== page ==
Interest would be most intense at the point of disclosure, which could mean facing virtually every consequent social challenge simultaneously. If preparing to come out, a transsexual person would be best served telling family, friends and colleagues before the press -- if secured, their support would be vital in dealing with inevitable 'curiosity'. If not, that person might think again about going public, although doing so would eventually become essential according to the gender reassignment pathway -- and once made, the announcement may find its way into the public domain anyway, even if retracted.

If outed by someone else, around the start of the process, that person would not have the reassurance that loved ones could be relied upon for backing -- and may have no idea who to ask for help. (Anyone who did come out today might seek out Trans Media Watch as a first point of contact, as they provide support to people whose gender status is widely known.) Either way, the Real Life Experience would have to begin at some point -- and the scrutiny of his or her appearance, if not entire life, would start.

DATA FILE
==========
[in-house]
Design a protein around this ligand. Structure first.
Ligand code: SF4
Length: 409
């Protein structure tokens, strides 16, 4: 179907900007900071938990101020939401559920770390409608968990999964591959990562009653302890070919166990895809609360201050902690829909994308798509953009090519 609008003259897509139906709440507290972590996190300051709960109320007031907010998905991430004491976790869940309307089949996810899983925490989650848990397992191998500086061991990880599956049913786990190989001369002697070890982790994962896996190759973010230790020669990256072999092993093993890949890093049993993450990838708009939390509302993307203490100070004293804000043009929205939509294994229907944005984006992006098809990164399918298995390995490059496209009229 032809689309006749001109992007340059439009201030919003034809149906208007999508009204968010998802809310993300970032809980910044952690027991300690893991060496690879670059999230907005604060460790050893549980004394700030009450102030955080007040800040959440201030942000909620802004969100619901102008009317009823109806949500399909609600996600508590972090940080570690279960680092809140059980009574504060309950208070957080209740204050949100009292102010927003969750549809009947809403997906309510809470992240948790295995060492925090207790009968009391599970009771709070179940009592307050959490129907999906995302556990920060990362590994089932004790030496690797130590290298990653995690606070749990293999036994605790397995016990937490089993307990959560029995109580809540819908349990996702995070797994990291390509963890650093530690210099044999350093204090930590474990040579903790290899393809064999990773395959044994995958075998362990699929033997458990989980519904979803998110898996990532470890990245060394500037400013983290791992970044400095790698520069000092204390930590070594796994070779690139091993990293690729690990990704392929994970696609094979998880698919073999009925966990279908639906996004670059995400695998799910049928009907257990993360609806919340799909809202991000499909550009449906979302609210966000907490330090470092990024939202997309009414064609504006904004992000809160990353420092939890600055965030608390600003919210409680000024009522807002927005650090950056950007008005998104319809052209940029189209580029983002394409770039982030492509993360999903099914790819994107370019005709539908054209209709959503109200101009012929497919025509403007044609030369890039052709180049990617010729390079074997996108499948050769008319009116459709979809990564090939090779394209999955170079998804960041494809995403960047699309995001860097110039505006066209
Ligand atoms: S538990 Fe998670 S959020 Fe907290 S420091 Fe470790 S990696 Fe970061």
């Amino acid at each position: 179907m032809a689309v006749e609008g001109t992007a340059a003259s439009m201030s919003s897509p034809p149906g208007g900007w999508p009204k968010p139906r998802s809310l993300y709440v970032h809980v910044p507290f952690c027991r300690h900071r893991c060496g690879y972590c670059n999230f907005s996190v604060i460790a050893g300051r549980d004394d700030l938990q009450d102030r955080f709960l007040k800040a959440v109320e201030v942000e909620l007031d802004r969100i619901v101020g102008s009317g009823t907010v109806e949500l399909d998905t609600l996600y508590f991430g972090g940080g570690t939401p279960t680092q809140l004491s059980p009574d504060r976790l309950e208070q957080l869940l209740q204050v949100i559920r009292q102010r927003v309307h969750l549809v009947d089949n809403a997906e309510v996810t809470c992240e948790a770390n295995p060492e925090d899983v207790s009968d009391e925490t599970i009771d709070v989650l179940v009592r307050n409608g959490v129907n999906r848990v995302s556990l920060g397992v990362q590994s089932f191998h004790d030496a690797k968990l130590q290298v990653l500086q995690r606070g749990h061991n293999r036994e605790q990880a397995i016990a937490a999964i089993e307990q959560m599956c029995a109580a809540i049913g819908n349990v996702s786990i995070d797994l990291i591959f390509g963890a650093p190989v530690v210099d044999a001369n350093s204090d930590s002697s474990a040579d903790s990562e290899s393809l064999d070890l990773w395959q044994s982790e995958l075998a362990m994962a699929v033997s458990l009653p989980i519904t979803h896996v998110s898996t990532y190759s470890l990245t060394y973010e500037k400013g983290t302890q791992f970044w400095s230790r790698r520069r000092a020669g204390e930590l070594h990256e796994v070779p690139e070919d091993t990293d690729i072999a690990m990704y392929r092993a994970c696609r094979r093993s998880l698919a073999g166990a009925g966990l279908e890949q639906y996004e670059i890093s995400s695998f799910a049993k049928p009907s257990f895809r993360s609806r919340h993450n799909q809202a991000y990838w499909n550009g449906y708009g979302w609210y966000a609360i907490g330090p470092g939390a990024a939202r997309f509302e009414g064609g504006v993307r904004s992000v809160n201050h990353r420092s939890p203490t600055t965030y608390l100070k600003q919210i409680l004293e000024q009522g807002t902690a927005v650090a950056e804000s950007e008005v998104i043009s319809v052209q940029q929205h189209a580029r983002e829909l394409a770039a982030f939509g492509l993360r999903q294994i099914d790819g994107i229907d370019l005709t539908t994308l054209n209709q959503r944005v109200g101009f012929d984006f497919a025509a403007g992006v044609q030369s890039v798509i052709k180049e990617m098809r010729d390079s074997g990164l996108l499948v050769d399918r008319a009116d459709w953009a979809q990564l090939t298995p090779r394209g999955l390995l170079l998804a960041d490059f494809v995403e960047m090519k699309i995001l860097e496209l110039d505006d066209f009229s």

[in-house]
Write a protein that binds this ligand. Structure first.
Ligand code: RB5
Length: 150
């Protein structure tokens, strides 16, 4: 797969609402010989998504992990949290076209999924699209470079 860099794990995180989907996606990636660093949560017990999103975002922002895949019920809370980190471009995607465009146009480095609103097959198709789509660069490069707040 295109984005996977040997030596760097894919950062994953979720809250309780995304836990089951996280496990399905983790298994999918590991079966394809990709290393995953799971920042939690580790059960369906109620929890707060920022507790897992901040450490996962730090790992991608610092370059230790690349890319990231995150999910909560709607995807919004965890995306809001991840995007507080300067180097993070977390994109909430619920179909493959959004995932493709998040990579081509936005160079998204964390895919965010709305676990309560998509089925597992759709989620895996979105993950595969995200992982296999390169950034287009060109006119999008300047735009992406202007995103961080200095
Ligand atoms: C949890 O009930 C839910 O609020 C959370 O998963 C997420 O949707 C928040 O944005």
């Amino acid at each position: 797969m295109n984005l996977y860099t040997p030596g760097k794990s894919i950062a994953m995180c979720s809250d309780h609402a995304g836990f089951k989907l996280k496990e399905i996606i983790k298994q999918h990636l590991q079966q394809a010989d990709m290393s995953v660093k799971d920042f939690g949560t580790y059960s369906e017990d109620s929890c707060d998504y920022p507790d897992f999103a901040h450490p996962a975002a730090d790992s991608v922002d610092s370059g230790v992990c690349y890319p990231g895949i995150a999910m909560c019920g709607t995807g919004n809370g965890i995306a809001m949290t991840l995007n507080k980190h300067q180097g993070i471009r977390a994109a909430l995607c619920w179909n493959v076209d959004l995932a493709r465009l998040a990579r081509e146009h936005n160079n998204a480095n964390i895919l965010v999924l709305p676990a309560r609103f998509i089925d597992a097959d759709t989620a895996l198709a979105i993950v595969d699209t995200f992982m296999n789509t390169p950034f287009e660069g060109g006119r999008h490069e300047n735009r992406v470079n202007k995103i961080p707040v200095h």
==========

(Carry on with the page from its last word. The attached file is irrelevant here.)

"Before and after pictures have long been a staple in media coverage of transsexual people, alongside undermining of the identity chosen. This is not to mention the possibility of speculation about personal and professional relationships or mental health, or intimate questions about sexuality, genitalia and surgery -- something that activist Christine Burns, for example, had to manage in television appearances -- all when this person would feel most vulnerable, striving on several fronts to assert his or her true self.